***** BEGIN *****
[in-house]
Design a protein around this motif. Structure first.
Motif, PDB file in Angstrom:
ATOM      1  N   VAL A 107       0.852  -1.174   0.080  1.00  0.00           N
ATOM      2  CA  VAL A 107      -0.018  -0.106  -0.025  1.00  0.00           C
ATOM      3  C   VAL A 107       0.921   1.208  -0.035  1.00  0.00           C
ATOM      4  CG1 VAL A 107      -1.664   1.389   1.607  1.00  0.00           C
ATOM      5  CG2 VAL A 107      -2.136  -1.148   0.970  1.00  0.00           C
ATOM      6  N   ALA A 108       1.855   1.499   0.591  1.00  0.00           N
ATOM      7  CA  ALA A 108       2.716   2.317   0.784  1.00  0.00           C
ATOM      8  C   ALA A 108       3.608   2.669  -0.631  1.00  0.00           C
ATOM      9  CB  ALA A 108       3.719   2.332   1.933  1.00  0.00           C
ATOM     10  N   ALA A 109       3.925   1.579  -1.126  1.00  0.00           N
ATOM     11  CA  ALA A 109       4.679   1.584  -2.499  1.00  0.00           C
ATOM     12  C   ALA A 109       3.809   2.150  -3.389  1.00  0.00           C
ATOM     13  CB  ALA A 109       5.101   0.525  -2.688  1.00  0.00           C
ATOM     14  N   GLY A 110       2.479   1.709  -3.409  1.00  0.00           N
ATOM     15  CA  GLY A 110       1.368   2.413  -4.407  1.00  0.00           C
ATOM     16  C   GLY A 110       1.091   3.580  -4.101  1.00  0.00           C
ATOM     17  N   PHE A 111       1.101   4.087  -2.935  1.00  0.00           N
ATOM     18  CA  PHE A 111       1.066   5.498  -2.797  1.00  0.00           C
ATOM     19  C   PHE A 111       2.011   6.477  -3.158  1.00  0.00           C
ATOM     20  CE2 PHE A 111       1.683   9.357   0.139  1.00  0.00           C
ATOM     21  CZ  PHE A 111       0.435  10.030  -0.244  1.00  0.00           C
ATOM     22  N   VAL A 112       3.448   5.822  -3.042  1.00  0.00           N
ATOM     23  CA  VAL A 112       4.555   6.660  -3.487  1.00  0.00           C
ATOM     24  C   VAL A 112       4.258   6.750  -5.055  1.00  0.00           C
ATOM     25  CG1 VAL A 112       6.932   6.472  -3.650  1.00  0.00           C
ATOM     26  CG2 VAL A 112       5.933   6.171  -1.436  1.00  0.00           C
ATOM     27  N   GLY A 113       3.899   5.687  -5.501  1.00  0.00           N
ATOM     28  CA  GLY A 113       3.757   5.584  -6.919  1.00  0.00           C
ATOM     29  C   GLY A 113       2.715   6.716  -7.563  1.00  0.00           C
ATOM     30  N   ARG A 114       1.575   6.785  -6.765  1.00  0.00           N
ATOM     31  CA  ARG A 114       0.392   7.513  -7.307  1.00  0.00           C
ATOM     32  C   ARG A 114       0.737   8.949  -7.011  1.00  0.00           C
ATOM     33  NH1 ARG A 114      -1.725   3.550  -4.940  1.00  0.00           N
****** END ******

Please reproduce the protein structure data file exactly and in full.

[in-house]
Design a protein around this motif. Structure first.
Motif, PDB file in Angstrom:
ATOM      1  N   VAL A 107       0.852  -1.174   0.080  1.00  0.00           N
ATOM      2  CA  VAL A 107      -0.018  -0.106  -0.025  1.00  0.00           C
ATOM      3  C   VAL A 107       0.921   1.208  -0.035  1.00  0.00           C
ATOM      4  CG1 VAL A 107      -1.664   1.389   1.607  1.00  0.00           C
ATOM      5  CG2 VAL A 107      -2.136  -1.148   0.970  1.00  0.00           C
ATOM      6  N   ALA A 108       1.855   1.499   0.591  1.00  0.00           N
ATOM      7  CA  ALA A 108       2.716   2.317   0.784  1.00  0.00           C
ATOM      8  C   ALA A 108       3.608   2.669  -0.631  1.00  0.00           C
ATOM      9  CB  ALA A 108       3.719   2.332   1.933  1.00  0.00           C
ATOM     10  N   ALA A 109       3.925   1.579  -1.126  1.00  0.00           N
ATOM     11  CA  ALA A 109       4.679   1.584  -2.499  1.00  0.00           C
ATOM     12  C   ALA A 109       3.809   2.150  -3.389  1.00  0.00           C
ATOM     13  CB  ALA A 109       5.101   0.525  -2.688  1.00  0.00           C
ATOM     14  N   GLY A 110       2.479   1.709  -3.409  1.00  0.00           N
ATOM     15  CA  GLY A 110       1.368   2.413  -4.407  1.00  0.00           C
ATOM     16  C   GLY A 110       1.091   3.580  -4.101  1.00  0.00           C
ATOM     17  N   PHE A 111       1.101   4.087  -2.935  1.00  0.00           N
ATOM     18  CA  PHE A 111       1.066   5.498  -2.797  1.00  0.00           C
ATOM     19  C   PHE A 111       2.011   6.477  -3.158  1.00  0.00           C
ATOM     20  CE2 PHE A 111       1.683   9.357   0.139  1.00  0.00           C
ATOM     21  CZ  PHE A 111       0.435  10.030  -0.244  1.00  0.00           C
ATOM     22  N   VAL A 112       3.448   5.822  -3.042  1.00  0.00           N
ATOM     23  CA  VAL A 112       4.555   6.660  -3.487  1.00  0.00           C
ATOM     24  C   VAL A 112       4.258   6.750  -5.055  1.00  0.00           C
ATOM     25  CG1 VAL A 112       6.932   6.472  -3.650  1.00  0.00           C
ATOM     26  CG2 VAL A 112       5.933   6.171  -1.436  1.00  0.00           C
ATOM     27  N   GLY A 113       3.899   5.687  -5.501  1.00  0.00           N
ATOM     28  CA  GLY A 113       3.757   5.584  -6.919  1.00  0.00           C
ATOM     29  C   GLY A 113       2.715   6.716  -7.563  1.00  0.00           C
ATOM     30  N   ARG A 114       1.575   6.785  -6.765  1.00  0.00           N
ATOM     31  CA  ARG A 114       0.392   7.513  -7.307  1.00  0.00           C
ATOM     32  C   ARG A 114       0.737   8.949  -7.011  1.00  0.00           C
ATOM     33  NH1 ARG A 114      -1.725   3.550  -4.940  1.00  0.00           N